Wally Boston Dr. Wallace E. Boston was appointed President and Chief Executive Officer of American Public University System (APUS) and its parent company, American Public Education, Inc. (APEI) in July 2004. He joined APUS as its Executive Vice President in 2002. In September 2019, Dr. Boston retired as CEO of APEI and retired as APUS President in August 2020. Dr. Boston guided APUS through its successful initial accreditation with the Higher Learning Commission of the North Central Association in 2006 and ten-year reaccreditation in 2011. In November 2007, he led APEI to an initial public offering on the NASDAQ Exchange. For four years from 2009 through 2012, APEI was ranked in Forbes' Top 10 list of America's Best Small Public Companies. During his tenure as president, APUS grew to over 85,000 students, 200 degree and certificate programs, and approximately 100,000 alumni. While serving as APEI CEO and APUS President, Dr. Boston was a board member of APEI, APUS, Hondros College of Nursing, and Fidelis, Inc. Dr. Boston was appointed to the National Advisory Committee on Institutional Quality and Integrity by the U.S. Secretary of Education in 2019. He also serves as a member of the Board of Advisors of the National Institute for Learning Outcomes Assessment (NILOA), as a Trustee of The American College of Financial Services, as a member of the board of Our Community Salutes - USA, and as a member and chair of the board of New Horizons Worldwide. He has authored and co-authored papers on the topic of online post-secondary student retention, and is a frequent speaker on the impact of technology on higher education. Dr. Boston is a past Treasurer of the Board of Trustees of the McDonogh School, a private K-12 school in Baltimore. In his career prior to APEI and APUS, Dr. Boston served as either CFO, COO, or CEO of Meridian Healthcare, Manor Healthcare, Neighborcare Pharmacies, and Sun Healthcare Group. Dr. Boston is a Certified Public Accountant, Certified Management Accountant, and Chartered Global Management Accountant. He earned an A.B. degree in History from Duke University, an MBA in Marketing and Accounting from Tulane University’s Freeman School of Business Administration, and a Doctorate in Higher Education Management from the University of Pennsylvania’s Graduate School of Education. In 2008, the Board of Trustees of APUS awarded him a Doctorate in Business Administration, honoris causa, and, in April 2017, also bestowed him with the title President Emeritus. In August 2020, the Board of Trustees of APUS appointed him Trustee Emeritus. In November 2020, the Board of Trustees announced that the APUS School of Business would be renamed the Dr. Wallace E Boston School of Business in recognition of Dr. Boston's service to the university. Dr. Boston lives with his family in Austin, Texas.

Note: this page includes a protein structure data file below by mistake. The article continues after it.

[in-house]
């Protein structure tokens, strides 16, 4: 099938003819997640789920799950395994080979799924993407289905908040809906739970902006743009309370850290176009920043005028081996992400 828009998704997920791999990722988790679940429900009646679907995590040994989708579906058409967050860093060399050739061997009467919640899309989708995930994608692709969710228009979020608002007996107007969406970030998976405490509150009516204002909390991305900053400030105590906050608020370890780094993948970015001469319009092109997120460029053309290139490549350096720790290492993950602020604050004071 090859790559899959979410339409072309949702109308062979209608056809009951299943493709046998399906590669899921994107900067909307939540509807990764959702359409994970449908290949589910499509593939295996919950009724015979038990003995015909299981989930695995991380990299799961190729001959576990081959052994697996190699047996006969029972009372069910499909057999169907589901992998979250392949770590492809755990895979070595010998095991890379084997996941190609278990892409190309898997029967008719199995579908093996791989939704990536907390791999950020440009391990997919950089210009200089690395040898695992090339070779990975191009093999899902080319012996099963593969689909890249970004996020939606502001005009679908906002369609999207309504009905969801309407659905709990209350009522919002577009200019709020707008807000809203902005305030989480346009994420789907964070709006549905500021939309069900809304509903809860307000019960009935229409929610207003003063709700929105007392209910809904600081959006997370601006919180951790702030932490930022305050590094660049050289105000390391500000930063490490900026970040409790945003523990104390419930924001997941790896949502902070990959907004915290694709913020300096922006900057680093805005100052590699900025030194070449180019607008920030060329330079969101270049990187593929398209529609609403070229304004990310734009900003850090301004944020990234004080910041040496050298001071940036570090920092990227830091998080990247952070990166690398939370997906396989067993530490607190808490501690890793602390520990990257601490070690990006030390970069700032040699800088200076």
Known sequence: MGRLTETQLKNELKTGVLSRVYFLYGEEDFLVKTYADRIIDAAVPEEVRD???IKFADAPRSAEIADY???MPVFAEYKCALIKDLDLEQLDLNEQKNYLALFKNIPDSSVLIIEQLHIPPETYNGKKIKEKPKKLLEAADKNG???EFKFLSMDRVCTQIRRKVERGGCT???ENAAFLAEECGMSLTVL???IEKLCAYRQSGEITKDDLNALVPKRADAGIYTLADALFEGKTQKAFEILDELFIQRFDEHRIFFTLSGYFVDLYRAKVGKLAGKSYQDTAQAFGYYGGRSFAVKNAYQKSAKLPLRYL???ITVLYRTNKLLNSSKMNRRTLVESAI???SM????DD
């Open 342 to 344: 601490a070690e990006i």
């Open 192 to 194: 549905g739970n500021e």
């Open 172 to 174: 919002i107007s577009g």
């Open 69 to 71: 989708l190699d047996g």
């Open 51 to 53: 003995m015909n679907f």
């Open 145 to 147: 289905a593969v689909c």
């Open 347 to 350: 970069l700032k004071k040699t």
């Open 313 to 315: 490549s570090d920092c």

1. Wally:

    Excellent response! I did not read the Consumer’s Digest article, but your response makes me want to do just that. I believe you answered well for all of the value-added online institutions who were unfortunately thrown in the basket with all others who may not be so conscientious. Thanks for opening their eyes!

  2. Mr. Boston:

    My significant other recently began attending your online school. APU employees did not use high pressure tactics to recruit him. In fact, there was no pressure at all. They presented the information to him and kept him updated with emails about his options and the steps he would need to take if he wanted to enroll. He took his time reviewing his options, then decided that APU was the best choice for him. As an educator, I appreciate APU’s approach to enrollment that reflects integrity and respect for your potential students. Keep up the good work!